Skincare Ingredients: Cleansers
Well, now that we’ve cleared up my feelings on the whole natural-is-better phenomenon, it’s time to dive right into the good stuff! Keeping your face clean is arguably the main point of even having a skincare routine, so cleansers seem like a reasonable place to start.
What it’s for
It’s all in the name with this one! For a lot of people that wear makeup, cleanser is basically mandatory because who wants to sleep with all that on their face? But even if you don’t wear makeup, dirt, sebum and other products (you are wearing sunscreen, right?) can build up on the surface of your skin, which is a recipe for clogged pores and irritation. Cleansers emulsify that layer of gunk, breaking everything up so it can be washed away.
Ingredients of note
Let’s just get this one out in the open, ok? Sulfates (mainly sodium laureth sulfate and sodium lauryl sulfate) are a class of surfactants that, if you believe the internet, are literally the devil. It’s true that they can be irritating and cause moisture loss, but people can tolerate them to different extents. Sodium lauryl sulfate (SLS) is much more irritating than sodium laureth sulfate (SLES) (1), so it’s important to make that distinction when you’re scanning the ingredient list. That’s one of the main reasons you might not want to use your body wash on your face – body products are more likely to use SLS. Personally, I avoid SLS like the plague since my skin gets dehydrated easily, but some cleansers with SLES have actually been ok. In any case, it’s not likely that anything with sulfates is automatically going to melt your face off.
Aside from sulfates, there are tons of other surfactants that work in a similar way but are gentler on the skin. Quite a few of them are derived from coconut, so if you have an allergy it’s especially important to read your ingredients list! There are way too many to get into specific ones here, but the Paula’s Choice Ingredient Dictionary is an excellent resource to see how each one works and if it’s likely to be an irritant.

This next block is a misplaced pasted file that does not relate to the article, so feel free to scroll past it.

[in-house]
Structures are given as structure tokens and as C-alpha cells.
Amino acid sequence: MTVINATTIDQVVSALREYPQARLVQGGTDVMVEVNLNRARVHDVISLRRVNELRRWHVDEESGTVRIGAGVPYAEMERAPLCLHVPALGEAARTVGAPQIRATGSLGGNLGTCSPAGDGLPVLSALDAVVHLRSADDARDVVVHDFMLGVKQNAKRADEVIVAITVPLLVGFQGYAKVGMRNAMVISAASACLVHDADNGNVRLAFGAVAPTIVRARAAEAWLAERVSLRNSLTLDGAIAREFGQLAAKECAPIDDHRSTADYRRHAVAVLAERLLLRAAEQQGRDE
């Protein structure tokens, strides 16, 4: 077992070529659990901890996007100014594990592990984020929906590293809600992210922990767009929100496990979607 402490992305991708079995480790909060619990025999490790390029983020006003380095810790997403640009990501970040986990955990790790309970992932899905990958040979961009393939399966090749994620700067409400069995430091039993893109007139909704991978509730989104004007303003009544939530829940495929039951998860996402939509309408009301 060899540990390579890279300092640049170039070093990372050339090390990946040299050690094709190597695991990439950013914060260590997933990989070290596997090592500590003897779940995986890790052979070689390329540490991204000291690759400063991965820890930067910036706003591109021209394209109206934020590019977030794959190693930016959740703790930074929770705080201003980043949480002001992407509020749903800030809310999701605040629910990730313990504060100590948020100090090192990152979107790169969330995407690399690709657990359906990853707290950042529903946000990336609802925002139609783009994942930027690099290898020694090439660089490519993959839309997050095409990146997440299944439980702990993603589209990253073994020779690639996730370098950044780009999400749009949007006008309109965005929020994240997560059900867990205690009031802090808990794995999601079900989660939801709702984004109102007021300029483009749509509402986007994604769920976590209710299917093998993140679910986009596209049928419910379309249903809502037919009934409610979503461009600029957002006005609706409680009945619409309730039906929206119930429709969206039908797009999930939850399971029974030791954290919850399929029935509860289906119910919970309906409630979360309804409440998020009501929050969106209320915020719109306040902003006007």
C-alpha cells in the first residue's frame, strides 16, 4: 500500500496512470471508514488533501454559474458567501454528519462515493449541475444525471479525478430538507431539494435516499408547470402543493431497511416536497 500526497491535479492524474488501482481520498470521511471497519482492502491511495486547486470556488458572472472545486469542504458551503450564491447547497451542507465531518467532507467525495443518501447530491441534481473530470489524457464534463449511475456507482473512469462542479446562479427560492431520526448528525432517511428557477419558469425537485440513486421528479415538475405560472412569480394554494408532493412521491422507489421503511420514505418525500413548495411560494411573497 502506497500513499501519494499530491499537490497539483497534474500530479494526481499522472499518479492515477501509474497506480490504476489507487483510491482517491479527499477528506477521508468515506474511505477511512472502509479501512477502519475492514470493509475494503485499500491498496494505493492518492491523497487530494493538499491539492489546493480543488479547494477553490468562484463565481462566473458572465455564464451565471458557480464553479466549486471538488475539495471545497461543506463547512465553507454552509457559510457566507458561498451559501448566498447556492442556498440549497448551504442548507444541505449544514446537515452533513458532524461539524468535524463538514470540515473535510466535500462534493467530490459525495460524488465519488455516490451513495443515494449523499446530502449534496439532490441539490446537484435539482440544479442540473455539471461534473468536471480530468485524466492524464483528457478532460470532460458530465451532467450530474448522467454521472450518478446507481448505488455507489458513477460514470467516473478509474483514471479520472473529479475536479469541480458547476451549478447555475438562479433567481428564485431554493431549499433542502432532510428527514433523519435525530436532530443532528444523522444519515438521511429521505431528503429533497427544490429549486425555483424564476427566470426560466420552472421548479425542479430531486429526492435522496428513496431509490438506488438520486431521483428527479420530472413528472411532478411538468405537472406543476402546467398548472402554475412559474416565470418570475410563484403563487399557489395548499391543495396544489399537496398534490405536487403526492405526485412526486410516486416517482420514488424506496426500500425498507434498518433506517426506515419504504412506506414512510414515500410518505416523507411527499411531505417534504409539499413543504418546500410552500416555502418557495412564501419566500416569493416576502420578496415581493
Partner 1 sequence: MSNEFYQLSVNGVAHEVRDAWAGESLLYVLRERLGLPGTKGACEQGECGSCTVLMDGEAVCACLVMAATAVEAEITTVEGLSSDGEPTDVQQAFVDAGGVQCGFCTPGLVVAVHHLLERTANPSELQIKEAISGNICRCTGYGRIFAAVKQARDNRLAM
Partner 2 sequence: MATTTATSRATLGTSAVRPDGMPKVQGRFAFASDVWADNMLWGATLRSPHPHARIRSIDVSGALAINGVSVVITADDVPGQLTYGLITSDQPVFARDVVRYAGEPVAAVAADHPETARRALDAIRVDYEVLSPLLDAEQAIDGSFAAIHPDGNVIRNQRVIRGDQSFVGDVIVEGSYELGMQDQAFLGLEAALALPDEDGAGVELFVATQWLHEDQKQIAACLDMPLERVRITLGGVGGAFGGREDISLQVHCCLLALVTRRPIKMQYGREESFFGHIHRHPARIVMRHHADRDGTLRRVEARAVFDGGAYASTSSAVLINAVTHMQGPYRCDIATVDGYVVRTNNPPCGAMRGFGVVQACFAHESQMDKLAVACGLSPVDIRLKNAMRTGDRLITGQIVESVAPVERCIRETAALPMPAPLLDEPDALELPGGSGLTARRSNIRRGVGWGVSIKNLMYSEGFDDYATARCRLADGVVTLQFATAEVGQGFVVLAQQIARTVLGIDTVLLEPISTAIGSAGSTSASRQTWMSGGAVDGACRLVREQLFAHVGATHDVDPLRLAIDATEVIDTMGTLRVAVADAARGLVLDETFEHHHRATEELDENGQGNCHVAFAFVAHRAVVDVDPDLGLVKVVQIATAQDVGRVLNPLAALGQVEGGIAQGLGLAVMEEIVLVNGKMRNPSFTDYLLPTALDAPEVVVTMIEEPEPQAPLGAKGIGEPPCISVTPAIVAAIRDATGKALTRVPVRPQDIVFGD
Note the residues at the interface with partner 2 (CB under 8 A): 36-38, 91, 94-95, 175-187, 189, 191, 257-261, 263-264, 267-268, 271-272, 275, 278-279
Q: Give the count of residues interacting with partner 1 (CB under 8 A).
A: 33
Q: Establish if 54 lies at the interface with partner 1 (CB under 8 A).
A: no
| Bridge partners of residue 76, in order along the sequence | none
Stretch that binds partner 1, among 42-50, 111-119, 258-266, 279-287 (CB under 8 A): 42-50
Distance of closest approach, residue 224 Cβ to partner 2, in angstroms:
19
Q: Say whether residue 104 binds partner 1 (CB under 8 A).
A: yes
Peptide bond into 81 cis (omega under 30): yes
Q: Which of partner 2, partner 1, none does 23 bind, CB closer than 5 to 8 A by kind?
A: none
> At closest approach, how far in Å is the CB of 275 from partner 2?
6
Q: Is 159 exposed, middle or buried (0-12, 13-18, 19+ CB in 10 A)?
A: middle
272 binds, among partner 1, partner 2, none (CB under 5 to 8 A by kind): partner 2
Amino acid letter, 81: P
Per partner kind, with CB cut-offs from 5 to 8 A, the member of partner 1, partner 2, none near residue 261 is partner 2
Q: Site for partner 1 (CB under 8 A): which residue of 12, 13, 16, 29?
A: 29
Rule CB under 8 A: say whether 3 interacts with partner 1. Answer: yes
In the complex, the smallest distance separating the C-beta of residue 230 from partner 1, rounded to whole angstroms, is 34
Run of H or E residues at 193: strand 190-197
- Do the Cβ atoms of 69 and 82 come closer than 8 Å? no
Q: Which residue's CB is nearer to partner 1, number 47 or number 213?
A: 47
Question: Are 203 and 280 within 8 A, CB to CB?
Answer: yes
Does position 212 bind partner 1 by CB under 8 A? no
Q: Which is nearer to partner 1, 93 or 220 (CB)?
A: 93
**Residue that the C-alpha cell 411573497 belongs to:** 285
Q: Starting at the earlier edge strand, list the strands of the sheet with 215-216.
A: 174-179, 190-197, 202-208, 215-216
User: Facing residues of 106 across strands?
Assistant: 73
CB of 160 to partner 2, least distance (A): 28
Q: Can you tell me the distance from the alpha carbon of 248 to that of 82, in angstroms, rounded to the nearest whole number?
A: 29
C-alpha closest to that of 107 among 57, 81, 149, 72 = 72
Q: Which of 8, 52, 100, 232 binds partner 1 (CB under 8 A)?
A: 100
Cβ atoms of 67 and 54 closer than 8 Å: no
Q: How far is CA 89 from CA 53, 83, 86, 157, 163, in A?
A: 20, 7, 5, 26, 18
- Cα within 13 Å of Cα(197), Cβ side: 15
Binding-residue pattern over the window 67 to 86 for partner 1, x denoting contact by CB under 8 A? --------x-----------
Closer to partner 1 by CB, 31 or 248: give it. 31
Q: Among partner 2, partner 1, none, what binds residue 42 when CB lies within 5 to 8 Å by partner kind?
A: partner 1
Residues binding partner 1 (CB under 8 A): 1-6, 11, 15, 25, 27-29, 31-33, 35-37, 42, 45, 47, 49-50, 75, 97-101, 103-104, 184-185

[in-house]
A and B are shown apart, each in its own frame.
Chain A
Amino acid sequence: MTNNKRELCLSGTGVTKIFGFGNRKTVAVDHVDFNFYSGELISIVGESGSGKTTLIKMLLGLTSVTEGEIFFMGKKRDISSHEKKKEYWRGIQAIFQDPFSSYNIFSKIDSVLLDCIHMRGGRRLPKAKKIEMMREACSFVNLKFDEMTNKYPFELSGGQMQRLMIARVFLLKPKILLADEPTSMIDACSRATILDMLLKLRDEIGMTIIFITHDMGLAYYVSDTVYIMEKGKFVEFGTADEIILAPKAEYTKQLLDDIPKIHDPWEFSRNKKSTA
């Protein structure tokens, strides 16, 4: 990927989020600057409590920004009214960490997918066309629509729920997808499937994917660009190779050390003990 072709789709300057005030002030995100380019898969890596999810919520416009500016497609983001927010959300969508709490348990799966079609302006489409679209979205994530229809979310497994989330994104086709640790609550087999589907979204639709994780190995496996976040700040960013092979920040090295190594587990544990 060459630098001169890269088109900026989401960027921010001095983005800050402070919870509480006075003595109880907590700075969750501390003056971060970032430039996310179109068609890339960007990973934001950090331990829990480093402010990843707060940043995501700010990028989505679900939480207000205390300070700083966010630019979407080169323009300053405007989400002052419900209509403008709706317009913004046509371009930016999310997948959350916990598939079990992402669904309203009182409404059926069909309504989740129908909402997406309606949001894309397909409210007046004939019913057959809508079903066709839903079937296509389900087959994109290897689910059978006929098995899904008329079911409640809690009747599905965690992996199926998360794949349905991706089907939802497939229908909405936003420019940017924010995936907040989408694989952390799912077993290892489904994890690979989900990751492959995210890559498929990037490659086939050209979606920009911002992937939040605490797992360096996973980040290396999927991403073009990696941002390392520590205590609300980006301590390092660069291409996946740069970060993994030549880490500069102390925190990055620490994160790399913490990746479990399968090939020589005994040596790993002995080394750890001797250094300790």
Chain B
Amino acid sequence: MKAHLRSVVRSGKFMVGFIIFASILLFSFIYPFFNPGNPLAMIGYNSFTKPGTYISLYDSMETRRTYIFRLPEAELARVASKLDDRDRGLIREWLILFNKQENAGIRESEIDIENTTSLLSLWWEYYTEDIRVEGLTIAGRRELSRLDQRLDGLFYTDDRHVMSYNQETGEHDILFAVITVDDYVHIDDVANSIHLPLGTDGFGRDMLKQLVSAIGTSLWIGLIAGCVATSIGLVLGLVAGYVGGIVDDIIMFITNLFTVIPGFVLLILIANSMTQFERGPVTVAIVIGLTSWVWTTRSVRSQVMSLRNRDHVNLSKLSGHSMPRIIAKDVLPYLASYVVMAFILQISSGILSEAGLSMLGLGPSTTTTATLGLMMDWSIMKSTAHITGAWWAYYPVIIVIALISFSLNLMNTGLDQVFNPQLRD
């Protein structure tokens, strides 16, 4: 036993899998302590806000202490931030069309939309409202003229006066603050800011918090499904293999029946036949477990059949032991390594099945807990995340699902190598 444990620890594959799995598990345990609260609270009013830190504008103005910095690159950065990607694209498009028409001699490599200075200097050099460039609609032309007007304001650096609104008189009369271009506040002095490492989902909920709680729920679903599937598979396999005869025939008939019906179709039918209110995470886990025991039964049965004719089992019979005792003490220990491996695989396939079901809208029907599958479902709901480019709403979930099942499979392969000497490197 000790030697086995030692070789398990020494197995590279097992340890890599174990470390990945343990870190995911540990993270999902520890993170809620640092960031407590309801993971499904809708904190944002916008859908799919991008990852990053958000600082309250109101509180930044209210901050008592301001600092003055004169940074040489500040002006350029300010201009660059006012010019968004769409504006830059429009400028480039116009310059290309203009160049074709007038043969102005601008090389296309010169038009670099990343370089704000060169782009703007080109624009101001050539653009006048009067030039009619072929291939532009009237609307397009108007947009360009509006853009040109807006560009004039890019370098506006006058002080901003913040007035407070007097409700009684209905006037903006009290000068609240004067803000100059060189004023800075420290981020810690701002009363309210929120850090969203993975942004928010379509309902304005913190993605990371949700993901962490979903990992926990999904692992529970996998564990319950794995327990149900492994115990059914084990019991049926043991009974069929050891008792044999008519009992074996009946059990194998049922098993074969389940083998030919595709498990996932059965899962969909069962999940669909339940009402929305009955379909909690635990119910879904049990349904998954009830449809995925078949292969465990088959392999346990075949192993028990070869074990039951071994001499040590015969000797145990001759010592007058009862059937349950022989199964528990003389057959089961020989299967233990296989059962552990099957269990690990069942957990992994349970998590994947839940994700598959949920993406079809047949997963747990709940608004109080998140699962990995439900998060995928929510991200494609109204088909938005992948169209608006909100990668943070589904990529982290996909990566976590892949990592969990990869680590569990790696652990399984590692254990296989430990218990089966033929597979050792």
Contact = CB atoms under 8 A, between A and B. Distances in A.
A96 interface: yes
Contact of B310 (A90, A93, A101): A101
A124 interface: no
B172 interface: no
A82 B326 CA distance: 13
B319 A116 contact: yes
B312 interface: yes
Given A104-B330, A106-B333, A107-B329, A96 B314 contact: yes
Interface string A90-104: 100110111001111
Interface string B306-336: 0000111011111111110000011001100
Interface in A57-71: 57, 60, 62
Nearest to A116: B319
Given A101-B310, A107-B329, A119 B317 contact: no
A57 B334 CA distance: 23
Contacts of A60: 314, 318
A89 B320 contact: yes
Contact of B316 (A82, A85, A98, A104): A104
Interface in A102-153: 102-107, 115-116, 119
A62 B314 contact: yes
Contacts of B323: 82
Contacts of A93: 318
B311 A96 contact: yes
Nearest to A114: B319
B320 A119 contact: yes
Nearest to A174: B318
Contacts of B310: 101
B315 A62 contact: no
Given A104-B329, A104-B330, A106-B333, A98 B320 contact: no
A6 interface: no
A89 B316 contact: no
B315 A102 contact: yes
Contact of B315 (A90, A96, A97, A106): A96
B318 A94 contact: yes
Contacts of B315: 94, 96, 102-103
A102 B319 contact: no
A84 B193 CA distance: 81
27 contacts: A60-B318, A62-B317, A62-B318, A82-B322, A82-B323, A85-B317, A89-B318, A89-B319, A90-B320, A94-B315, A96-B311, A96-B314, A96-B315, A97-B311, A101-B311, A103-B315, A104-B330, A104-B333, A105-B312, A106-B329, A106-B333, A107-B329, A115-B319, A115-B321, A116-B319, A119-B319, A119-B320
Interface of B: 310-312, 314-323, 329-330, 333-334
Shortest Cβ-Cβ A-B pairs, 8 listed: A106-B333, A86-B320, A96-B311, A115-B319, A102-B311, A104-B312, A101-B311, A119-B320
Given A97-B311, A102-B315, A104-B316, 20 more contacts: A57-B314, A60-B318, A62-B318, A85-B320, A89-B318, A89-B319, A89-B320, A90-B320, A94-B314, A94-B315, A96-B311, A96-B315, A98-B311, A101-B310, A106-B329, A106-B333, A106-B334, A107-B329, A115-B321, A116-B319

We must have gotten over our collective distrust of putting oil on your face, because it seems like just about every brand has some sort of oil cleanser now. Oils are very effective at removing debris from the surface of your skin, and can be less drying than detergent cleansers. They can also be very occlusive which is great for keeping moisture in, but can also keep other things out. That might decrease the effectiveness of other products like AHA’s and retinoids, and if you want to get the best products for skincare, go to this web-site to find the best options for this.
Micellar water has been popular in France for ages, but it’s only started showing up here in the US pretty recently. It uses oil suspended in water to clean the surface of your skin, but the texture is the same as plain water. It doesn’t leave a residue or need any rinsing.
There are tons of cleansers out there that go far beyond keeping your face clean – acne-fighting, exfoliating, soothing, the list goes on – but I like to keep it pretty simple so I can justify using a dozen other dedicated products! Just kidding. Sort of. I use Sephora Collection Triple Action Cleansing Water (which is just a simple micellar water) to take off my eye and lip makeup. I follow that up with Paula’s Choice Moisture Boost Cleanser and my Clarisonic Mia FIT (reviewed here) to take off my makeup & prep for the rest of my routine.
1 – Loffler H, Happle R. Profile of irritant patch testing with detergents: sodium lauryl sulfate, sodium laureth sulfate and alkyl polyglucoside. Contact Dermatitis. 2003 Jan;48(1):26-32.